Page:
(a.) Fond of, or evincing, ostentation; unduly conspicuous; pretentious; boastful.
(1) Daryush 'Roosh V' Valizadeh cancels neo-masculinist meetings over safety Read more Roosh and company encountered such uniform hostility because their views are ostentatiously vile.
(2) He was ostentatious in assembling a multi-faith support cast and pointed in his insistence on unity.
(3) The popular image of yakuza families as ostentatiously wealthy and loyal to the core bears little resemblance to Tendo's early experiences of poverty and betrayal.
(4) But BrewDog’s astonishing growth may raise the uncomfortable possibility that in an age of media-savvy and brand-sceptical digital natives, ostentatious displays of “authenticity” – known to some as acting like pretentious hipster douchebags – may have become a necessary condition for success.
(5) Eighteen months ago the group sprayed designs inspired by the British graffiti artist Banksy on walls of ostentatious new houses believed to have been built with the profits of the £3bn a year Afghan drug trade.
(6) Trump approves of working with autocrats, at least, and would probably make fast friends with the galaxy’s less reputable leaders – especially those who share his interests, eg crimelord Jabba the Hutt, who lives in an ostentatious palace , loves parties , demeans women and feeds a literal Rancor .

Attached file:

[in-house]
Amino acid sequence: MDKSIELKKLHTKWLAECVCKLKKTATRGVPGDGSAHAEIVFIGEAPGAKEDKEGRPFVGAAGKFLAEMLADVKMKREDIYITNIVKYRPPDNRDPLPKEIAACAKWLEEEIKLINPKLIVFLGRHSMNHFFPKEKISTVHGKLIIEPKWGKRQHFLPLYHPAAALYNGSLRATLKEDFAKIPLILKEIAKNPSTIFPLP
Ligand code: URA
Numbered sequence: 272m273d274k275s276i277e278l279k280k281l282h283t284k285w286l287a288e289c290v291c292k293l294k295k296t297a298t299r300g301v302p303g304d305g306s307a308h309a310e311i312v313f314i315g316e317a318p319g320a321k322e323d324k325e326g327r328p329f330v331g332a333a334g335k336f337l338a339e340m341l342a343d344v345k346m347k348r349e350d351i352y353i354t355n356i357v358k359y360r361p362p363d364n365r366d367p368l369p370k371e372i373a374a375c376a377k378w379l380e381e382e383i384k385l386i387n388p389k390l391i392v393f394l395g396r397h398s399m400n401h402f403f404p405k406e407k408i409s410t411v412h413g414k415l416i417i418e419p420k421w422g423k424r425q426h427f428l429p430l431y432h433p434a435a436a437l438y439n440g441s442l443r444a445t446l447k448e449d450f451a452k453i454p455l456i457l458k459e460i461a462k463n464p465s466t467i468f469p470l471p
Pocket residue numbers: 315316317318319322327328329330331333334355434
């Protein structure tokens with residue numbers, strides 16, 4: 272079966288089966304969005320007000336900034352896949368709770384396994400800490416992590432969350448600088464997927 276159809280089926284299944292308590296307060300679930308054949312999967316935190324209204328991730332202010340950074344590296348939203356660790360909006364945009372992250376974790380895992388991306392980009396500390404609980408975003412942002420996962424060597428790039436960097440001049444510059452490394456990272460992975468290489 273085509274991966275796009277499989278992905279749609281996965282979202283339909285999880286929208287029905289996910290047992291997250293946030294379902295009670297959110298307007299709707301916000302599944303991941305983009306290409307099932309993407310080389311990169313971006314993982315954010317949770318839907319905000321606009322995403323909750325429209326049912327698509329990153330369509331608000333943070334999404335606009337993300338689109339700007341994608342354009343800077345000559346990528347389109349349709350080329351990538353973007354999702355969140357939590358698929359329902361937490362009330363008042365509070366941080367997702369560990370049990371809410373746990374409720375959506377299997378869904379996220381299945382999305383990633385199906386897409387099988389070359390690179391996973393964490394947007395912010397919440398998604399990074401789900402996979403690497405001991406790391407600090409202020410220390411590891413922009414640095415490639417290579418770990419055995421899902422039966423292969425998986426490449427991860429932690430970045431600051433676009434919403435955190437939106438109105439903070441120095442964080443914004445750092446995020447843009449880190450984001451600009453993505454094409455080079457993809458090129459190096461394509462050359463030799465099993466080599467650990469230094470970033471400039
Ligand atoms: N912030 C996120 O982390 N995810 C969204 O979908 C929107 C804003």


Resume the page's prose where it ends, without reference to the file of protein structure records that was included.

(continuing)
(7) Farage told LBC’s Nick Ferrari: “I think that given that some people feel very embarrassed by [breastfeeding], it isn’t too difficult to breastfeed a baby in a way that’s not openly ostentatious.” If the hotel asked a nursing mother to cover up, he said: “Frankly, that’s up to Claridge’s.
(8) The paper alleges: "It was well-known that corruption among politicians in the Turks and Caicos Islands was endemic and it was inherently unlikely that Mr Misick could have achieved such apparent wealth and pursued such an ostentatious lifestyle while being premier, without having being corrupt.
(9) The current South African president, Jacob Zuma , has also made ostentatious shows of reverence to "Madiba".
(10) The aide said Lebedev was unhappy about the ostentatious nature of the raid, and the use of masked men carrying serious guns.
(11) Forster sometimes thought that King's was a bit too ostentatious, and that its buildings had a tendency to say "look at me."
(12) It is comfortable without being ostentatious and with no concession to "designer living".
(13) The exhibition was put under a boycott by some German industrialists and the German pharmacists from Bohemia ostentatiously rejected any participation.